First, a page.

The weight of expectation looms large in the world of the geek. Larger than in other worlds for the simple fact that we are geeks. Our childlike excitement for the simplest crumb of news, our hours of frame by frame dissection of trailers or leaked scripts. The vitriol we spill if, god forbid, someone’s visions and ideas for a beloved franchise do not match our own. We all have those games or books or films that we want to see, and then when they arrive we almost always want to see them done better. Sometimes it can be great, Skyrim (for all it’s bugs) was a great game. And in the face of some of most pedantic of geeks managed to meet most expectations (unless you happen to be playing on PS3). Duke Nukem Forever would be antithesis of this. We waited year after year with bated breath for the defining game of many of our childhoods to rise for the ashes. And then finally release day came, and we all died a little inside. I’ve chosen 2 games as examples here because rabid fan base is coupled with long development times lead inevitably to huge levels of expectation and indignation when they are not met.
Being a Studio Ghibli fan in the west is to live a life full of expectations. The excruciatingly long waits we face between a new film being released in Japan and it landing over hear coupled with the generally lack luster promotion they receive when they get here means that you hear news about a new story or world, and then for 2 years you hear nothing until one day its being played on about 3 cinema screens 40 miles away. This is then coupled with the insult of having Totoro (Ghibli’s adorable furry mascot) whored out from every market stall as cute hats and back packs sported by ‘quirky’ teenage girls who have no clue who he is, like 12 year old Miley Cyrus fans walking around in Ramones shirts. (Note to ed: yes my only reference point to youth culture is the Cyrus family)
Ni No Kuni therefore represents the pinnacle of expectation for me. And the tale has been a long one. A little over 2 years ago I first heard that a DS game being developed by Level 5 studios in collaboration with studio Ghibli was set for release Christmas 2010. It was shortly after Christmas that I heard that the DS game would never leave Japan, but its was ok because a PS3 version was in development. This version hit Japanese shelves in November 2011 and we in the west waited, and waited. Now, a little more than a year later Ni No Kuni has finally landed in the western market. Throughout this time my expectation’s have been high. Unrealisticly high in fact as my personal enjoyment of the game had one big 4 letter hurdle in its way. JRPG. I suck at them. Always have. I have the same problem with RTS games in that I have never been able to get the hang of turn based combat and the strategies involved. This is a pain when it means I can’t get past the first hour of games I’d quite like to play like Secrets Of Mana, Earthbound or Final Fantasy 7 but when it could mean that I don’t get experience and explore a new magical and beautiful world created by Studio Ghibli it becomes a horrible fear.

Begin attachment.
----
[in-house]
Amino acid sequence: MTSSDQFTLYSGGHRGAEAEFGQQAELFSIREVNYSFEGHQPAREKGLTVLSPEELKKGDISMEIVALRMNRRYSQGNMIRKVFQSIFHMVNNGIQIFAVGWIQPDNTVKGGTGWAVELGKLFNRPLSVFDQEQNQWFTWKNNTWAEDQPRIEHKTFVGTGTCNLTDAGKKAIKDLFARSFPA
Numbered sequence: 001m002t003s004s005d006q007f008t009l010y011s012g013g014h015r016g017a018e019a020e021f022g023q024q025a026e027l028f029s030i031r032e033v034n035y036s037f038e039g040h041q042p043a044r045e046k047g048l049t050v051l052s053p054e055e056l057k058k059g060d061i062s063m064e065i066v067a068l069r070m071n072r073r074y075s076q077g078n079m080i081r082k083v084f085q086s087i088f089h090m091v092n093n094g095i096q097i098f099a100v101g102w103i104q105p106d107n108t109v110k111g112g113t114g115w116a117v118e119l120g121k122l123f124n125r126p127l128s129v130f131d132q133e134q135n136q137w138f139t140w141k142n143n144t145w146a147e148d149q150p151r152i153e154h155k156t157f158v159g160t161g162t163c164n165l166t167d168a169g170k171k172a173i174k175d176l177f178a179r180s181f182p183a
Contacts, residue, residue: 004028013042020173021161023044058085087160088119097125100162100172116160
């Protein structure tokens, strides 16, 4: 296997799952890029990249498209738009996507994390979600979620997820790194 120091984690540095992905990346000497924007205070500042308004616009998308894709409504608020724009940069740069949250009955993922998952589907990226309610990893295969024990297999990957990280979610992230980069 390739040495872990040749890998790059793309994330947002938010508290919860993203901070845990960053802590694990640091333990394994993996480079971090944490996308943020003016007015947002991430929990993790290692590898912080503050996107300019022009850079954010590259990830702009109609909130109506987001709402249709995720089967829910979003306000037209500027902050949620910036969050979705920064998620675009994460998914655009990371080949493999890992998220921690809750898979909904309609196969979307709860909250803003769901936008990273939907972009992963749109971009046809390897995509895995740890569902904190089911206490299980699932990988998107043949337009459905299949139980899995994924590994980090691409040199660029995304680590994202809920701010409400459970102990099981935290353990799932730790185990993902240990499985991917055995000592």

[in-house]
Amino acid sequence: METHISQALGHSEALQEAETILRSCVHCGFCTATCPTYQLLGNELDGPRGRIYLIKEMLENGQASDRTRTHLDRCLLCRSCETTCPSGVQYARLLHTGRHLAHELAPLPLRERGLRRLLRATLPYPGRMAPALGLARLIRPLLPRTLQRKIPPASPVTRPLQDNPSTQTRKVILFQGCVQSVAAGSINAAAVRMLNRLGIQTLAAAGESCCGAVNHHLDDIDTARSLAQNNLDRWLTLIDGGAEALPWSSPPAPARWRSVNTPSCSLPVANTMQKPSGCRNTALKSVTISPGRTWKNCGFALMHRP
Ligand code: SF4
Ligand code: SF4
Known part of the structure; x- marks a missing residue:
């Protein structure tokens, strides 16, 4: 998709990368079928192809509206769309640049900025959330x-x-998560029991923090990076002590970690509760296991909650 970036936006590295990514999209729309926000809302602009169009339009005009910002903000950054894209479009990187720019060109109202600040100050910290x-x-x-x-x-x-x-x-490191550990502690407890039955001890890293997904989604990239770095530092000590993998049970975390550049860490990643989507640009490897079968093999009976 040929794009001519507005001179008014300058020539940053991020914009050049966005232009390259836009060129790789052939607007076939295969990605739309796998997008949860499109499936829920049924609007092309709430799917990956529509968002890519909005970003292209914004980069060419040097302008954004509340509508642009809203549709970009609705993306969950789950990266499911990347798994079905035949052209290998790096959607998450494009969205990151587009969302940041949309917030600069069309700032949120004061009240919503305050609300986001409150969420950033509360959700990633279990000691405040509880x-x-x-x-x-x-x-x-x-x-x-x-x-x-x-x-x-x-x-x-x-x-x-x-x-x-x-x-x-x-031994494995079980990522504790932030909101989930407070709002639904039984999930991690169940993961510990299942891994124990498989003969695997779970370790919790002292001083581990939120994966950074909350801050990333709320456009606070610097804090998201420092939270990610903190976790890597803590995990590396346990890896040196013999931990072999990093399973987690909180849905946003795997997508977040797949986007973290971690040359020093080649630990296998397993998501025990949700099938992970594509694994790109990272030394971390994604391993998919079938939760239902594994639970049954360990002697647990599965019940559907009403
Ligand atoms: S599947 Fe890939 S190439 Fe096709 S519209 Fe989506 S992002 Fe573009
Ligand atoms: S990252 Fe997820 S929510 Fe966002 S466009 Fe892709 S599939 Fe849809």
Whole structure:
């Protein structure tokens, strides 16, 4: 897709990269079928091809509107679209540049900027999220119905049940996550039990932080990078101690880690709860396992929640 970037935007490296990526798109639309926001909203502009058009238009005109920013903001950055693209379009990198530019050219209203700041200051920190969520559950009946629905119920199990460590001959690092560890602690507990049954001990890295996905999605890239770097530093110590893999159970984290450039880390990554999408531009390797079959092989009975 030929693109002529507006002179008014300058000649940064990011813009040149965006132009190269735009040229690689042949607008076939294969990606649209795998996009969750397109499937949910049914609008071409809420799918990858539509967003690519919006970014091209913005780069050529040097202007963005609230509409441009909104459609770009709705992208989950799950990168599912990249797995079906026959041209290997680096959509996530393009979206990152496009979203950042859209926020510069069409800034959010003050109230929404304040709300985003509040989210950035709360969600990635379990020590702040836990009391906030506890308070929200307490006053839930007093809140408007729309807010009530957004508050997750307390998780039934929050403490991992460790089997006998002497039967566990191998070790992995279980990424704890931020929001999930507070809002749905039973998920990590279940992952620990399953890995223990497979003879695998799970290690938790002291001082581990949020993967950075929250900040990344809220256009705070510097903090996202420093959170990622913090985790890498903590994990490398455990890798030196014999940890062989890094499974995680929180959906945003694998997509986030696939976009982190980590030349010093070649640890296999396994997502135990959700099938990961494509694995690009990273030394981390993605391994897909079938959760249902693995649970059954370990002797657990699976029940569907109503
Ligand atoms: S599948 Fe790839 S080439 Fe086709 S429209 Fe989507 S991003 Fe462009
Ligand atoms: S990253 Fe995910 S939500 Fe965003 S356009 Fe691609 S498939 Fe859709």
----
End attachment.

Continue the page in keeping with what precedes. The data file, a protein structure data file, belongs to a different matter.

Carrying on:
I need not have feared. If you’re interested in a break down Ni No Kuni’s combat system there are plenty of reviews out there that can spell it out for you, I will say simply that it is a time based, rather than turn based system. This allows for far more freedom and a greater sense of control than I normally get from JRPG’s. I’ve now spent 15 hours in the world of Ni No Kuni and much to my joy it manages to meet my core expectation, it feels like Ghibli. There is a sense of wonder about the beauty of the world but everything somehow feels familiar and natural, like it belongs. Of course king of Ding Dong Dell is a cat, to be addressed as ‘his meowjesty’, and inevitably he will at some point get stuck in a well, it’s just familiar enough to draw us in and then they can make it their own. The incredible artwork and intelligent gameplay are complimented by a world of great characters soaring music and a story so epic I feel like I’ve barely scratched the surface.
Whilst writing this piece the UK video games all platform sales figures have come out and Ni No Kuni has kicked COD BlOps 2 off of the no.1 spot. Ok, so Black ops 2 has been out for nearly 3 months but it’s still an impressive feat, due largely I’m sure to the huge marketing push over the last few weeks but also, as happens so rarely, because its a bloody good game. A few years back Disney brought the western distribution rights to Studio Ghibli films and have seemingly decided to do nothing with them. They could learn a lot from the success of Ni No Kuni and its marketing campaign proving that this sort of story and world is marketable on a large scale if you simply try.
I think the problem of our nerdy little branch of humanity is that we too often blur the lines between expectation and anticipation. Anticipation is great, the very fact that we get so excited about frankly quite trivial things like movie’s, comics of video games (sorry but its true) is what makes us geeks, a sense of childish wonder that stops us from taking real life too seriously. Expectation means we end up taking everything too seriously and we’re almost always disappointed. This probably would have made for a better moral tale if Ni No Kuni was terrible and crushed my dreams, but alas it is awesome in every way I wanted it to be. Time to go play another 15hours.
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